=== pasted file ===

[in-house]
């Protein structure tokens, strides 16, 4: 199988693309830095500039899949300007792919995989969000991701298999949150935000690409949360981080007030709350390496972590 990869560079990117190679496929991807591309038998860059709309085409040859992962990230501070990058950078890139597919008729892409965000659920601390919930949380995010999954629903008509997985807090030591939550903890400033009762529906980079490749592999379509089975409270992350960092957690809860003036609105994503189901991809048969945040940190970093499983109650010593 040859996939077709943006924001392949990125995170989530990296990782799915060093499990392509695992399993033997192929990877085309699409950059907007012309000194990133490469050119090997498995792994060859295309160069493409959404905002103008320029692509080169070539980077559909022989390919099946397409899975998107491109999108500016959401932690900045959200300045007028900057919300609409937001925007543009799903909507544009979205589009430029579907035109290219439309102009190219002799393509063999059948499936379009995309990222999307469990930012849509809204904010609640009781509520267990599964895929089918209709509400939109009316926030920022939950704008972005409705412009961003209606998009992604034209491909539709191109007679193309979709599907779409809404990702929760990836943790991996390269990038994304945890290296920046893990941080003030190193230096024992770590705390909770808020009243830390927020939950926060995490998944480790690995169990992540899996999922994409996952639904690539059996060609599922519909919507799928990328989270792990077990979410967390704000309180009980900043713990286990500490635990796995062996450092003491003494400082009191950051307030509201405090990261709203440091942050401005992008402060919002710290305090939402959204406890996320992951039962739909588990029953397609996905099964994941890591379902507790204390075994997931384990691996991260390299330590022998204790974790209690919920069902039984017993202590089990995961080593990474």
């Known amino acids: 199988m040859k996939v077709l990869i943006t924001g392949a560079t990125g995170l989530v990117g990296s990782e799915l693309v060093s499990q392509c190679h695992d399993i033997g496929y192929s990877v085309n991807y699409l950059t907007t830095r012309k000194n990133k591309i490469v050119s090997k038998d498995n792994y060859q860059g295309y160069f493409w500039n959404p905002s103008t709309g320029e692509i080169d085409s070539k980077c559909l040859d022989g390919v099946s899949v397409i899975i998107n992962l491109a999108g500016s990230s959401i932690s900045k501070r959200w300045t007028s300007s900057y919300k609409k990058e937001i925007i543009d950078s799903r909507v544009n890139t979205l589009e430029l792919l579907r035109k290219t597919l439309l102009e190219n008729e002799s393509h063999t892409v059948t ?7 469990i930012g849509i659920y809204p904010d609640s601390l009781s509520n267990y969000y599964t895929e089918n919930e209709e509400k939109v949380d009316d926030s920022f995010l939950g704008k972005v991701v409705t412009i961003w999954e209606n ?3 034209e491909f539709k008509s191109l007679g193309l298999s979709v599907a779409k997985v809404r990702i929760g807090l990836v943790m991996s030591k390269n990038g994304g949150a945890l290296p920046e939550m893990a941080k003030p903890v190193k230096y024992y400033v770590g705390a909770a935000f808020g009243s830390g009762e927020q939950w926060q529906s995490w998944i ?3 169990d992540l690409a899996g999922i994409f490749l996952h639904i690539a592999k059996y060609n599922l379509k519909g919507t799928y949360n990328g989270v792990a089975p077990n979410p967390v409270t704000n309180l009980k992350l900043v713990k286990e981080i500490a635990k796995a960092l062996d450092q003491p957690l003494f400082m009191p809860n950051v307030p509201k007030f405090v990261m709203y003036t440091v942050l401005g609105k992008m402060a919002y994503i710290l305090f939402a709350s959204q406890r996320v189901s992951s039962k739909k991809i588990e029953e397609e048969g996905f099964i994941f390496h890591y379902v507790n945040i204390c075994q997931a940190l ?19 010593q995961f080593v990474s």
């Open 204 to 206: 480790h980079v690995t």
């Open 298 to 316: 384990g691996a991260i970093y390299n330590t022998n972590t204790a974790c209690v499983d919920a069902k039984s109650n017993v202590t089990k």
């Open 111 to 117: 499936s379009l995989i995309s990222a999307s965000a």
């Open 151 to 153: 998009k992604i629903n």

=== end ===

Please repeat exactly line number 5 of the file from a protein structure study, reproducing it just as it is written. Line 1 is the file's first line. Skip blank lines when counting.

């Open 298 to 316: 384990g691996a991260i970093y390299n330590t022998n972590t204790a974790c209690v499983d919920a069902k039984s109650n017993v202590t089990k």